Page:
Week in Review is a weekly collection of news, developments, and stirrings in the art world. Subscribe to receive these posts as a weekly newsletter.
The US Virgin Islands subpoenaed Christie’s and Sotheby’s in its Jeffrey Epstein investigation, requesting that the auction houses release “all documents reflecting or relating to inquiries, sales, bids, communications with or about Jeffrey E. Epstein.”
Artist Tania Bruguera was detained by Cuban officials three times this week after participating in and organizing protests on behalf of rapper Denis Solís González. “We must use the right definitions: KIDNAPPING,” her sister, Deborah Bruguera, wrote. “Tania Bruguera was taken against her will for the third time this week by agents dressed as civilians who did not identify themselves.”
Egyptian model and influencer Salma El-Shimy was arrested over a photoshoot at an archaeological site in Giza. Officials at the Ministry of Tourism and Antiquities charged El-Shimy and her photographer, Hossam Muhammed, with taking the photos at the site without a permit and deemed the model’s outfit “inappropriate.”
Over 200 poets, writers, and artists signed an open letter calling on the board of Poets House to “reconsider and reverse the firings” and “commit to dignified working conditions.”
On December 10, Swann Auction Galleries held its last sale of African American art for the year. For the past 13 years, it has been the only major auction house with a department dedicated to African American art, setting auction records for artists such as Sam Gilliam, Faith Ringgold, and Charles White. Learn more about this history in a feature about the auction house’s legacy.
Citing “draconian austerity measures” and the precarious situation of many cultural workers across Mexico, the International Committee for Museums and Collections of Modern Art is urging the country’s government to take immediate steps to preserve its museums.
Harvard University is removing Philip Johnson’s name from a private residence he designed as a thesis project after a group of architects and designers denounced Johnson’s “widely documented white supremacist views.”
The Middle Collegiate Church, a 128-year-old Gothic Revival church that houses the New York Liberty Bell, was destroyed in a fire.
Tens of thousands of paintings of animals and humans, made up to 12,600 years ago, were found along the Guayabero River in the Colombian Amazon.
Mysterious monoliths have appeared in Germany, Spain, the Netherlands, Colombia, California, Las Vegas, New Mexico, and the Isle Of Wight. Several artists have come forward to claim credit for the structures, with varying degrees of proof.
Artist Reggie Black is projecting a message about the history of slavery in New York City on the façade of the Dyckman Farmhouse Museum in Manhattan, where six people were enslaved.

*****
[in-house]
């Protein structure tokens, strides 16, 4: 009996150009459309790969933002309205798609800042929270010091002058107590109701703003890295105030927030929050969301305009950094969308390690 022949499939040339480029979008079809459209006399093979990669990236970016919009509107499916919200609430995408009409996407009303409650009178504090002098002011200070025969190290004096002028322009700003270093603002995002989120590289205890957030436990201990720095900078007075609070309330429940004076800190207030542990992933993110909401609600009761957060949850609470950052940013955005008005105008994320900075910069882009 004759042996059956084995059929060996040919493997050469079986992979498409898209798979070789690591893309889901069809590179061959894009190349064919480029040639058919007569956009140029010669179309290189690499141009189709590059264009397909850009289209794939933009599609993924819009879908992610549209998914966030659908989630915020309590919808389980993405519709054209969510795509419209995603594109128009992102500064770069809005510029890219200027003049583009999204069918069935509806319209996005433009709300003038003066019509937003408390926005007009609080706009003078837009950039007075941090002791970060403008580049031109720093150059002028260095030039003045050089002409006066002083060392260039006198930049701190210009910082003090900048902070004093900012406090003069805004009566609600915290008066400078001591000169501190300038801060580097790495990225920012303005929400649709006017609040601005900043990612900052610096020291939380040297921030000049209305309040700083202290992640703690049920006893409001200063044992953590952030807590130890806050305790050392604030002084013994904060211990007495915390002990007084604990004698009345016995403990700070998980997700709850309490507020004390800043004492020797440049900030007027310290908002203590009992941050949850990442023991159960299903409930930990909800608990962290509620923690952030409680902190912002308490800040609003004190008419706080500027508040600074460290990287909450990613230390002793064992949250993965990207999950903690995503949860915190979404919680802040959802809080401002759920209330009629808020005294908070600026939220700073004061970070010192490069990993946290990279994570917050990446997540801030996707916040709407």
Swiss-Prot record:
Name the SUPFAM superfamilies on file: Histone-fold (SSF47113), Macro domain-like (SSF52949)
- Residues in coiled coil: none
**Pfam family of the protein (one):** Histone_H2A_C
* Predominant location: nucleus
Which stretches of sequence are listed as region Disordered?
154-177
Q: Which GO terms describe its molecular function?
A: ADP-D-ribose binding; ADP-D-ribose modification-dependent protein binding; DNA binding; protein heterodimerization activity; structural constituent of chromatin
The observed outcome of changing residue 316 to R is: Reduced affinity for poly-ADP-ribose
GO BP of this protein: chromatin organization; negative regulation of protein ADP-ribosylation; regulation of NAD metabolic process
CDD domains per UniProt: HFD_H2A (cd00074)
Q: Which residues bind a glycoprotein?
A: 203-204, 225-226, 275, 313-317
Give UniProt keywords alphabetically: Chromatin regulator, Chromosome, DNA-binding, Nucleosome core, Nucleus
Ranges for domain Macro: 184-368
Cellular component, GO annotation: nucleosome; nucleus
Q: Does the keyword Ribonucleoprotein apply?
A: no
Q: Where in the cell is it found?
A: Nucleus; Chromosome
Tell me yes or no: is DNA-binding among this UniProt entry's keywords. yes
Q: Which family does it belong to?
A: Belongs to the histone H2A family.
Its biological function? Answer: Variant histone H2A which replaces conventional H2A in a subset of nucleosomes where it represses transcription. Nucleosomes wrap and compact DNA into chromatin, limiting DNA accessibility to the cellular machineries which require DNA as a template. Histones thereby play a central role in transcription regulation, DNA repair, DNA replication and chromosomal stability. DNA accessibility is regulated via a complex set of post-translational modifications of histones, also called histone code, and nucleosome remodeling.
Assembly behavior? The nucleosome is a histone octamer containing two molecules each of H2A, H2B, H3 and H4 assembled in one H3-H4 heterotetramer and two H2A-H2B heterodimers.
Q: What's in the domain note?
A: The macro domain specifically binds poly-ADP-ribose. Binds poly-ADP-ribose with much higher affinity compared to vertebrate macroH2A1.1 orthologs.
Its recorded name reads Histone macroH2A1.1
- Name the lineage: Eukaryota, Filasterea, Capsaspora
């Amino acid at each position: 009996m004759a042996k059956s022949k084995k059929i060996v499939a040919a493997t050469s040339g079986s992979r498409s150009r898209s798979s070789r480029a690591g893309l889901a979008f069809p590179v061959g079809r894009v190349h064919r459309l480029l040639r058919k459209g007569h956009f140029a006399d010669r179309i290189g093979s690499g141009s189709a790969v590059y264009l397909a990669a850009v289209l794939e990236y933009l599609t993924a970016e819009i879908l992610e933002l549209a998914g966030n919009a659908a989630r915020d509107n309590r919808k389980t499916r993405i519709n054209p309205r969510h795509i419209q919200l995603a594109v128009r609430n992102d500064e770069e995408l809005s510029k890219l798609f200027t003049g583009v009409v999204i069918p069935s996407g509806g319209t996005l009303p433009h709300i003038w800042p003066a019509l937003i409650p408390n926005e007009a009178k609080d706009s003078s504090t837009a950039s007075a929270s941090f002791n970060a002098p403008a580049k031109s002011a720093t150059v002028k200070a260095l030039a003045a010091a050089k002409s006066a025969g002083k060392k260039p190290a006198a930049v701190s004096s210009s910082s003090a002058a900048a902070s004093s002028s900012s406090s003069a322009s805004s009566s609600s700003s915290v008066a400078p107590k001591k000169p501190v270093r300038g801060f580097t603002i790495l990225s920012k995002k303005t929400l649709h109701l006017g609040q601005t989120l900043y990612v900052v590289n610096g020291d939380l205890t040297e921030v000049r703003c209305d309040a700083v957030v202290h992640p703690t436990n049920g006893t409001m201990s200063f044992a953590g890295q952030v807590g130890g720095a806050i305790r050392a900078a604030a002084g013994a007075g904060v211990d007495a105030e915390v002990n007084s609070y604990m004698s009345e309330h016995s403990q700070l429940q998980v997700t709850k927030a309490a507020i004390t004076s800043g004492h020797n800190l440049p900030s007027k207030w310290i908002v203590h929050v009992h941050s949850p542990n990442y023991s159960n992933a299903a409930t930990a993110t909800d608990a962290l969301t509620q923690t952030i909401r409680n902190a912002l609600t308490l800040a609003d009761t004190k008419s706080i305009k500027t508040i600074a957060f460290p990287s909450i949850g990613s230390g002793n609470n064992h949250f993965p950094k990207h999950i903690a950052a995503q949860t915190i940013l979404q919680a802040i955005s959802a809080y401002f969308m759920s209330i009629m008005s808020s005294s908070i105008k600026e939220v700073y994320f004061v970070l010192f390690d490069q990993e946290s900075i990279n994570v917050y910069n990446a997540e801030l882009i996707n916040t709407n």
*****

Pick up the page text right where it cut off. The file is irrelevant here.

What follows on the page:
The first-ever commercial Christmas greeting card, which sold at Christie’s Valuable Books and Manuscripts sale in London on December 9 for £13,750 (~$18,370), features a scandalous 19th-century scene of underage drinking.
Awards & Accolades
A total of 35 multidisciplinary projects have received $50,000 in funding each thanks to the 2021 Creative Capital Awards.
The 659 winners of the 2021 YoungArts award, all in 10th, 11th, or 12th grades, were announced.
Ghislain d’Humières was named director and CEO of the Norton Museum of Art.
Larissa Harris will be the first executive director of the Teiger Foundation. | Broadway World
Ute Meta Bauer, Amar Kanwar, and David Teh were named curators of the 2021 Istanbul Biennial. | ARTnews
Annie Polland was appointed the president of the Tenement Museum.
Courtney Willis Blair was promoted to partner at Mitchell-Innes & Nash. | The Art Newspaper
Richard Corben (1940–2020), comic book artist and illustrator of Meat Loaf’s Bat Out of Hell album | Syfy
Cliff Joseph (1922–2020), artist, activist, and art therapist who advocated for diversity in art | New York Times
Helen LaFrance (1919–2020), Kentuckian folk artist | New York Times
Jack Pappalardo (1960–2020), co-founder of Art District on Santa Fe | The Know
Lois P. Revlock (1923–2020), watercolor artist | Philadelphia Inquirer
Jackie Saccoccio (1963–2020), abstract painter | ARTnews
Dale Sheets (1929–2020), Hollywood studio executive and manager | Deadline
Maria Tritico (1988–2020), artist and education director at the Tequesta ArtCenter | The Palm Beach Post
This week, arts orgs and the war for talent, importance of house museums, the 125 most borrowed books in Brooklyn, the history of listicles, and more.
Lisa Ericson renders her real-world subjects beautifully, but the situations in which we find them are uncanny, menacing, and unexpected.
The unique MFASA at the Institute of American Indian Arts offers mentorships with world-renowned Indigenous artists, flexible schedules, and access to one of the US’s cultural capitals.
Contemporary society in the United States normalizes the idea of the exhausted mother, so why wouldn’t mother nature be equally exhausted?
Tsai’s style is the opposite of boring; in demanding the viewer’s attention, he allows for incredible moments of human connection and discovery.
Over 4,000 artists have signed on to the event, with a nifty online directory listing paintings, sculptures, ceramics, and much more.
American artists were instrumental in propagating the false narrative of Thanksgiving, a deliberate erasure of violence against Indigenous peoples.
“Revolution is a daily practice — a life choice. Not a selfie at a protest,” says Onondaga artist Frank Buffalo Hyde.
Hyperallergic staff share their favorite artists, craft shops, designers, and much more.
Field of Vision’s latest free streaming offering focuses on a vulnerable population put at risk, told through the stories of those inside.